The smell of the pine's sweet scent in the crisp air is instantly rejuvenating, even cleansing. The Amankora team, dressed in perfectly crisp 'kira' and 'gho', greeted us on the wide stone forecourt, holding hot towels and short glasses containing a pick-me-up of ginger, clove, cinnamon and black pepper spiced sweetened milk... so good. Sunil, the house manager, then asked us if we minded being prefixed in our address with oum, like our 'sir' or 'madam', and pronounced 'Aum', so, aum Sophie and aum Louise. We agreed and suggested it could be useful in the event of forgetting our names? Laughter here is first nature. I suppose it would be, in the country that believes in Gross National Happiness: G.N.H above G.N.P.

Our suite was, for me, lodge-Utopia. It really was just what we desired: a brush of alpine rustic with creature comforts where you want them, including down duvets bedded in crisp linen on emperor-sized beds; an enormous, free-standing bath set into terrazzo along with the sensational potions created in the Aman Spa; stylish furniture with an organic and authentic feel; plenty of natural wood and a lacquered dividing privacy screen; set back twin vanity units with 'goddess' lighting and the all important vast window to frame our celestial view. The most sublime luxury, beside perfecting the art of understatement, was the wood- burning stove, which omitted both warmth and primal-sounding cracklings from the sweet smelling cones, whenever we desired. I am pining right now (these features are present in all the lodges).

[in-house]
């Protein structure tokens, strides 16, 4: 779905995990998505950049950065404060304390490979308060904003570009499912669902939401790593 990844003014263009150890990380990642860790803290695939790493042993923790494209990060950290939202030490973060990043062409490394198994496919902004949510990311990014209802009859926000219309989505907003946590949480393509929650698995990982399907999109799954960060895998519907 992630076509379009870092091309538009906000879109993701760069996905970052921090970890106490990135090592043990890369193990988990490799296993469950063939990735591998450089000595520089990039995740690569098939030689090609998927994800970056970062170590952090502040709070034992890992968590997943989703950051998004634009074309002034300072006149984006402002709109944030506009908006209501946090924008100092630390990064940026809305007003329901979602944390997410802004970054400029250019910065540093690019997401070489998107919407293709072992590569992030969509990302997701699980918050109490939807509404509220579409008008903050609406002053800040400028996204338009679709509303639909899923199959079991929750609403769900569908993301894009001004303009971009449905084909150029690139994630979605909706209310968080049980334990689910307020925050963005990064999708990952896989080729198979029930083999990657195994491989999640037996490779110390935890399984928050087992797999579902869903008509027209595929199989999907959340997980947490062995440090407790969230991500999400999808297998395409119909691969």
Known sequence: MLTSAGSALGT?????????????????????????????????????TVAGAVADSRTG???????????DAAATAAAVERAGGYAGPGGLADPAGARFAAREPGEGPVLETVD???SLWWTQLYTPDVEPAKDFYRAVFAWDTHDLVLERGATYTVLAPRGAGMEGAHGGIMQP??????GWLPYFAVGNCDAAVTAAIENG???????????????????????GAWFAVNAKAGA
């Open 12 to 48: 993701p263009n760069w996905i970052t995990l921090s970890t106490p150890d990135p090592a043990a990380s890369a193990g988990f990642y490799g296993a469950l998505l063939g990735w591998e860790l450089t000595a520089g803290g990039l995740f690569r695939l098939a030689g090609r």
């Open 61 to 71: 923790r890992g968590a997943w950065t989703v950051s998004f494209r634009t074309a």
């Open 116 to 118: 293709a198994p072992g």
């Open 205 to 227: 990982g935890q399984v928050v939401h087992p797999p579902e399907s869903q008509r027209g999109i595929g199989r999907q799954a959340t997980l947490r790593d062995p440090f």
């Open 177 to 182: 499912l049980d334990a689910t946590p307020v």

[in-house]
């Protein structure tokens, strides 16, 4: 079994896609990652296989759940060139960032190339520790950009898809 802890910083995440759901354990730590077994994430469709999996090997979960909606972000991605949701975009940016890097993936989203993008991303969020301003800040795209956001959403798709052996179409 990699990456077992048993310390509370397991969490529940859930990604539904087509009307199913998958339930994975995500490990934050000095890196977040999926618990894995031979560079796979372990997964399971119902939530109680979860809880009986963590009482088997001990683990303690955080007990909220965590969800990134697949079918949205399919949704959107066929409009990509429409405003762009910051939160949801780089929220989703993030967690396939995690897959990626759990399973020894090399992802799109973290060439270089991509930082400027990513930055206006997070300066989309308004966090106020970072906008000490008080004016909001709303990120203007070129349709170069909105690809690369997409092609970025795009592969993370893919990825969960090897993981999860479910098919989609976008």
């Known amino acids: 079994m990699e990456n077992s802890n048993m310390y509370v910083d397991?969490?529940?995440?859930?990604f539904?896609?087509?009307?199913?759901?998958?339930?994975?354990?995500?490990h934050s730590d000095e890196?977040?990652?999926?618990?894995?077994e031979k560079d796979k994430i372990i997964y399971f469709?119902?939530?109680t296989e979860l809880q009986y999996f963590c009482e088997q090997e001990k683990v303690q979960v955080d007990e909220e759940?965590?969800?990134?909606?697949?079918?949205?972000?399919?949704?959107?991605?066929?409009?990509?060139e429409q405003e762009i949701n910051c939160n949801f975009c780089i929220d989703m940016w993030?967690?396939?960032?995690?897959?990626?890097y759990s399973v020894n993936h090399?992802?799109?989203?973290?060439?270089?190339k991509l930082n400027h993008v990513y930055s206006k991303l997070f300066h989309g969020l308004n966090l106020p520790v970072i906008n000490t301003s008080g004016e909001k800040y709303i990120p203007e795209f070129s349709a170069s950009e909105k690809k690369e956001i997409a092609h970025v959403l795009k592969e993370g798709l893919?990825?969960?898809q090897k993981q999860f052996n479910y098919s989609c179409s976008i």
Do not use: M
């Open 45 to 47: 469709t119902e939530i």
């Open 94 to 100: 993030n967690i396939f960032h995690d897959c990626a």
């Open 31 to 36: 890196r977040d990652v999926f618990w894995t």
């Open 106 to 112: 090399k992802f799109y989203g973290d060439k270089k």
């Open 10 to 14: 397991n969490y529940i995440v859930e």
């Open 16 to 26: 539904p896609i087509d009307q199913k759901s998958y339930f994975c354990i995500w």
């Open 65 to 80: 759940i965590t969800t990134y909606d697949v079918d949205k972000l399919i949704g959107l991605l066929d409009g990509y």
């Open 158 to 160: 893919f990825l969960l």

We were looking forward to our Bhutanese dinner, but the town of Paro was calling and our duo were waiting patiently beneath the pines in order to begin our submersion into the world of their extraordinary culture and spirituality. The Paro museum is a tall round structure, initially the watch tower to look over the Dzong which lies below, and houses floors and floors of relics and icons. It is a great start to understanding both Bhutan's colourful history and culture, though spiritually it was perplexing. This does eventually fall into place, however.

After a dumbfounding couple of hours we ventured down to the Dzong of Paro. Dzongs were constructed throughout the main towns of Bhutan for political reasons and they contain both the regional Drukpa monastic communities as well as administrative offices. They are solid and imposing buildings, reminding one of an enormous fortress but on entering you are genuinely overwhelmed by the exquisite attention to fine detail and by the intriguing sense of proportion. The intricate hand-carved and painted detailing on the woodwork is enchanting, while the courtyards, together with the pitched roofs, add to the feeling of otherworldly, of something rather magical. Each Dzong was a little like a self- contained kingdom.